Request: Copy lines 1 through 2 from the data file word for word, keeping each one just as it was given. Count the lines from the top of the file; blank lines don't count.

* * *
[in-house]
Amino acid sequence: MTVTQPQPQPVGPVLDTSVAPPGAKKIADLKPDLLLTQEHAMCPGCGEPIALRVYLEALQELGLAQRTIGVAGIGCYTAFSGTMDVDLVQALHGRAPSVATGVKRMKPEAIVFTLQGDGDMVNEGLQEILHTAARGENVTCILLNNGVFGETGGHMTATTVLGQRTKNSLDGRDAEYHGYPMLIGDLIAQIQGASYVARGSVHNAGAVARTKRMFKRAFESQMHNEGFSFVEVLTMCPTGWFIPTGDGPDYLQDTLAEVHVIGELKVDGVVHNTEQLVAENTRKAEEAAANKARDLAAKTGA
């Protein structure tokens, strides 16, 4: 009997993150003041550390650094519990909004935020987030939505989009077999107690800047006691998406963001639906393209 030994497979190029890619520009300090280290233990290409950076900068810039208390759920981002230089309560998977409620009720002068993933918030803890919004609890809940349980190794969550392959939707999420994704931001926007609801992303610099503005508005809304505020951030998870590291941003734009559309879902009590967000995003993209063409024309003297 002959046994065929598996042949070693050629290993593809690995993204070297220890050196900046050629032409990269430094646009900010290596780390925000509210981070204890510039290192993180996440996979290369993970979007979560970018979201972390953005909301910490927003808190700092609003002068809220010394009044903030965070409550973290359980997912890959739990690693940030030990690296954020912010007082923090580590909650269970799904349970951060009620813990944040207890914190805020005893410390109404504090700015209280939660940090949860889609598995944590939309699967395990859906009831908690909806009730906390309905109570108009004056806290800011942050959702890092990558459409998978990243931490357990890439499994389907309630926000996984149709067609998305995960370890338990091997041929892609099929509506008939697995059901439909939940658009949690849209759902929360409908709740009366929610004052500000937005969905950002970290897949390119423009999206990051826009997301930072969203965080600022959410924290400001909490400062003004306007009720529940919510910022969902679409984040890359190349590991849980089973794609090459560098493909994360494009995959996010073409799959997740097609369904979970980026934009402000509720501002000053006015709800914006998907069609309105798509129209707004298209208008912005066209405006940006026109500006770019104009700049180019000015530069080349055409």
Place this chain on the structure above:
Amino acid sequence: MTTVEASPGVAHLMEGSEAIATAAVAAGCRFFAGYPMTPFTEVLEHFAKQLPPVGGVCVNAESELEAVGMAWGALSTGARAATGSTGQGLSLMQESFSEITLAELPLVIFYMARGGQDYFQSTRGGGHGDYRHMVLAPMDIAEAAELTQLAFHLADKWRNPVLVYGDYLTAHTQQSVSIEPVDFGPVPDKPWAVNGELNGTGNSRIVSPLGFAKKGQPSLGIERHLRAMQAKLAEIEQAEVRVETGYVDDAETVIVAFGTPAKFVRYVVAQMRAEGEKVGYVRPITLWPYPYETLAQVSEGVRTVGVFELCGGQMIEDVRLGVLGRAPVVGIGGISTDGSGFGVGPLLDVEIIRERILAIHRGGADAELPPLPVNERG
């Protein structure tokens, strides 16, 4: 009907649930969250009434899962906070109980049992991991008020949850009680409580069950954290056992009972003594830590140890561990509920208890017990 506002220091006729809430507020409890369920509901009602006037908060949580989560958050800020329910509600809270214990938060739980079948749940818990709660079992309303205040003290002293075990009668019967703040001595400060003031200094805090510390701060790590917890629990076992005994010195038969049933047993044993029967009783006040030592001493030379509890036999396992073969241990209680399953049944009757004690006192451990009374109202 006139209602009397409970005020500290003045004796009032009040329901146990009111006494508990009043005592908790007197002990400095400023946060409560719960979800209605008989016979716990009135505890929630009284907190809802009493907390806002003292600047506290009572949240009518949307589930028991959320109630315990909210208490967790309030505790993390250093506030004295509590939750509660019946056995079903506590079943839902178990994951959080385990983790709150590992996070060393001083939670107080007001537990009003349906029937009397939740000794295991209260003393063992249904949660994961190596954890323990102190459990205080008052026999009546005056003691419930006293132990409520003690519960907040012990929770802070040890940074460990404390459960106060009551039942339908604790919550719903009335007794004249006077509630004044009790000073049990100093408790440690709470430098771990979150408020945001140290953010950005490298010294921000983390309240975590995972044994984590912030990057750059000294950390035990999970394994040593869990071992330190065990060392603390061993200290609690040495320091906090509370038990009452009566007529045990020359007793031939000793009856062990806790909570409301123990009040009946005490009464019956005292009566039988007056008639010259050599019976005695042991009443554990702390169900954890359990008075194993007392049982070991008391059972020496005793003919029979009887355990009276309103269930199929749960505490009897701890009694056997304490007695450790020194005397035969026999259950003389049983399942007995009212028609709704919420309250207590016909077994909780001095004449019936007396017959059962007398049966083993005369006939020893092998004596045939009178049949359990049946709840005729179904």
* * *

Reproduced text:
[in-house]
Amino acid sequence: MTVTQPQPQPVGPVLDTSVAPPGAKKIADLKPDLLLTQEHAMCPGCGEPIALRVYLEALQELGLAQRTIGVAGIGCYTAFSGTMDVDLVQALHGRAPSVATGVKRMKPEAIVFTLQGDGDMVNEGLQEILHTAARGENVTCILLNNGVFGETGGHMTATTVLGQRTKNSLDGRDAEYHGYPMLIGDLIAQIQGASYVARGSVHNAGAVARTKRMFKRAFESQMHNEGFSFVEVLTMCPTGWFIPTGDGPDYLQDTLAEVHVIGELKVDGVVHNTEQLVAENTRKAEEAAANKARDLAAKTGA